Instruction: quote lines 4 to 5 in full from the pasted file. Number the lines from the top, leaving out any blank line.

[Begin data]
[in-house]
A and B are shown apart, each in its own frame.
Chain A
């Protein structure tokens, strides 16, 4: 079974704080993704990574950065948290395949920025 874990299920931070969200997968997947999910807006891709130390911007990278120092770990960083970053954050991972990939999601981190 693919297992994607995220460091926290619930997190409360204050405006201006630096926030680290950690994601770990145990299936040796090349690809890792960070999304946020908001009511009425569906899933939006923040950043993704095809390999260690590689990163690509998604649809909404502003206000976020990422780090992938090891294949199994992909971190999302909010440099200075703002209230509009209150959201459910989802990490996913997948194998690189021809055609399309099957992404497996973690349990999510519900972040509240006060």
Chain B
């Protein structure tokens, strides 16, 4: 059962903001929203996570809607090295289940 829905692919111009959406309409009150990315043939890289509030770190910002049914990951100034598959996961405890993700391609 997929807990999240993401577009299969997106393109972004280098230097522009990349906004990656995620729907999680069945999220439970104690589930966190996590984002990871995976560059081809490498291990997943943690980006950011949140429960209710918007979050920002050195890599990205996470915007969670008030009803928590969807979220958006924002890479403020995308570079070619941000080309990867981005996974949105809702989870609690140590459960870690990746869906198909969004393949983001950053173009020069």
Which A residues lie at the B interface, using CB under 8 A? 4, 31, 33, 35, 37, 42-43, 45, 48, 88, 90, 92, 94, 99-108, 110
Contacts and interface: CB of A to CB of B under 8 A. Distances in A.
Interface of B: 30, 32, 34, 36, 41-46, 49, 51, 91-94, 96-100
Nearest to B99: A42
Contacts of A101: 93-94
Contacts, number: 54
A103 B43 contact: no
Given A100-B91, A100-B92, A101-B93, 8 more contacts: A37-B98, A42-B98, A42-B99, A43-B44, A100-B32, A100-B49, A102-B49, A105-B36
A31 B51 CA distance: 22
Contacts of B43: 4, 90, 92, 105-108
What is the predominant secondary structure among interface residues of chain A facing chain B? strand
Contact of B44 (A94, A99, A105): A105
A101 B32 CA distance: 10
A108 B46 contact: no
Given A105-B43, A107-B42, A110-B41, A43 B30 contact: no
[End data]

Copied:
């Protein structure tokens, strides 16, 4: 079974704080993704990574950065948290395949920025 874990299920931070969200997968997947999910807006891709130390911007990278120092770990960083970053954050991972990939999601981190 693919297992994607995220460091926290619930997190409360204050405006201006630096926030680290950690994601770990145990299936040796090349690809890792960070999304946020908001009511009425569906899933939006923040950043993704095809390999260690590689990163690509998604649809909404502003206000976020990422780090992938090891294949199994992909971190999302909010440099200075703002209230509009209150959201459910989802990490996913997948194998690189021809055609399309099957992404497996973690349990999510519900972040509240006060």
Chain B